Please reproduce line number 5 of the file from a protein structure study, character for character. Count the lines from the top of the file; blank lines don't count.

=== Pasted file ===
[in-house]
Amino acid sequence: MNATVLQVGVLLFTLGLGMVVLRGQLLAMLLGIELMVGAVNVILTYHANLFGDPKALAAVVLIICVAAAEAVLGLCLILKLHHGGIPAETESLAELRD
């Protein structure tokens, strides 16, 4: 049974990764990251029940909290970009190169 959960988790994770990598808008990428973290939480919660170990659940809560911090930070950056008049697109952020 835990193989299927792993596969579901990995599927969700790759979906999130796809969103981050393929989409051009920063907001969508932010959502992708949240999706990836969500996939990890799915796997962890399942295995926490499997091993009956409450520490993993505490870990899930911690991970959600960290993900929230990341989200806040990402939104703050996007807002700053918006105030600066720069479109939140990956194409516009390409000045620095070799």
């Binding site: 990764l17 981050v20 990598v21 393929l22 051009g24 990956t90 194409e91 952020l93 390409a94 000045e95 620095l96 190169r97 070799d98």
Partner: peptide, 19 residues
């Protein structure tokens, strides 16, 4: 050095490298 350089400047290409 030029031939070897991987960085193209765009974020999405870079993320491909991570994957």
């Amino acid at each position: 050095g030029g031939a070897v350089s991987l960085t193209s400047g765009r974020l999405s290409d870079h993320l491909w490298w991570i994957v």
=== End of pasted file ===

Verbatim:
Partner: peptide, 19 residues